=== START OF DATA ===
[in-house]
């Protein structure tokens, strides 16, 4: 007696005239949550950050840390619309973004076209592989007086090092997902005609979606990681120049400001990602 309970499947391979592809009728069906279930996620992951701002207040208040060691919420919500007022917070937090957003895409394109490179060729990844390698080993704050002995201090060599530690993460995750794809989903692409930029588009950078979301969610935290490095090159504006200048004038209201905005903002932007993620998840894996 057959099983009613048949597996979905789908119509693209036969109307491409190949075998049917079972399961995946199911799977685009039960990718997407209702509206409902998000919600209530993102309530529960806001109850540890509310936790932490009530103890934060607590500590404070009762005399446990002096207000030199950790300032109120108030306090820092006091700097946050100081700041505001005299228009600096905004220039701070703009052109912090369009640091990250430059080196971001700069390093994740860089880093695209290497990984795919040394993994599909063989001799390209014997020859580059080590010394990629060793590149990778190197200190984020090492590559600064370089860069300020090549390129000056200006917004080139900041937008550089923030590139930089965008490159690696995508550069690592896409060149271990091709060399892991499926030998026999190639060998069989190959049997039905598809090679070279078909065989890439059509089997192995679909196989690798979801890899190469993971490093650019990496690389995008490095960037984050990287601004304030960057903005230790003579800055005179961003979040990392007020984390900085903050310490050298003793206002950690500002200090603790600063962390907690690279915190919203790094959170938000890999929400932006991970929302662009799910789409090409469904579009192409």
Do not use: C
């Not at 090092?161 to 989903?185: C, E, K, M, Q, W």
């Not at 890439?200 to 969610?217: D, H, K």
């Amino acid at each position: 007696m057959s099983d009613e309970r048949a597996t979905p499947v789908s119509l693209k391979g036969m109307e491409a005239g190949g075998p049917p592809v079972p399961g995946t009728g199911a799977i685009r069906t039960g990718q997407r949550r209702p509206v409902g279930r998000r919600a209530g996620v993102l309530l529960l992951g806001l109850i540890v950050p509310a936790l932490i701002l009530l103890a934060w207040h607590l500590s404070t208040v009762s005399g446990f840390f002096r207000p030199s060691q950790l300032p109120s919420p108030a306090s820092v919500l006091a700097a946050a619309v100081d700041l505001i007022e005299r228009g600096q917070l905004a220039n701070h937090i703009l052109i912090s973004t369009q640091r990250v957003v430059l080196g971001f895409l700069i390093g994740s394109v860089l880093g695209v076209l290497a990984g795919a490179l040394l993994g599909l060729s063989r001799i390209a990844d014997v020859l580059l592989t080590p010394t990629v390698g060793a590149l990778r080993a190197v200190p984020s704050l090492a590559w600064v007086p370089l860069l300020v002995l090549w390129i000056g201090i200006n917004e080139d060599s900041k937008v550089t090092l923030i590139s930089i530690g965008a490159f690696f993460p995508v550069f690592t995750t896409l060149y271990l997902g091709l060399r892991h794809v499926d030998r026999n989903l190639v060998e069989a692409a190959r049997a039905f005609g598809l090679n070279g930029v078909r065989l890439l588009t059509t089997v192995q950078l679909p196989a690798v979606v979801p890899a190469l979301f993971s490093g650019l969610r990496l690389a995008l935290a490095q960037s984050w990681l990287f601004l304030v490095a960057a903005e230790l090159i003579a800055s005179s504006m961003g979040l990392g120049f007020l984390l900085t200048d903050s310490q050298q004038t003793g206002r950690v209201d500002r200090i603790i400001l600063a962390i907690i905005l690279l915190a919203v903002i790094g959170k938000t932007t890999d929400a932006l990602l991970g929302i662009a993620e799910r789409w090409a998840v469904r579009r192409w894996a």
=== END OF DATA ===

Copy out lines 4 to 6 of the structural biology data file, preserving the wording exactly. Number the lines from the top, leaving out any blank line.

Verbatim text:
């Not at 090092?161 to 989903?185: C, E, K, M, Q, W």
């Not at 890439?200 to 969610?217: D, H, K």
């Amino acid at each position: 007696m057959s099983d009613e309970r048949a597996t979905p499947v789908s119509l693209k391979g036969m109307e491409a005239g190949g075998p049917p592809v079972p399961g995946t009728g199911a799977i685009r069906t039960g990718q997407r949550r209702p509206v409902g279930r998000r919600a209530g996620v993102l309530l529960l992951g806001l109850i540890v950050p509310a936790l932490i701002l009530l103890a934060w207040h607590l500590s404070t208040v009762s005399g446990f840390f002096r207000p030199s060691q950790l300032p109120s919420p108030a306090s820092v919500l006091a700097a946050a619309v100081d700041l505001i007022e005299r228009g600096q917070l905004a220039n701070h937090i703009l052109i912090s973004t369009q640091r990250v957003v430059l080196g971001f895409l700069i390093g994740s394109v860089l880093g695209v076209l290497a990984g795919a490179l040394l993994g599909l060729s063989r001799i390209a990844d014997v020859l580059l592989t080590p010394t990629v390698g060793a590149l990778r080993a190197v200190p984020s704050l090492a590559w600064v007086p370089l860069l300020v002995l090549w390129i000056g201090i200006n917004e080139d060599s900041k937008v550089t090092l923030i590139s930089i530690g965008a490159f690696f993460p995508v550069f690592t995750t896409l060149y271990l997902g091709l060399r892991h794809v499926d030998r026999n989903l190639v060998e069989a692409a190959r049997a039905f005609g598809l090679n070279g930029v078909r065989l890439l588009t059509t089997v192995q950078l679909p196989a690798v979606v979801p890899a190469l979301f993971s490093g650019l969610r990496l690389a995008l935290a490095q960037s984050w990681l990287f601004l304030v490095a960057a903005e230790l090159i003579a800055s005179s504006m961003g979040l990392g120049f007020l984390l900085t200048d903050s310490q050298q004038t003793g206002r950690v209201d500002r200090i603790i400001l600063a962390i907690i905005l690279l915190a919203v903002i790094g959170k938000t932007t890999d929400a932006l990602l991970g929302i662009a993620e799910r789409w090409a998840v469904r579009r192409w894996a």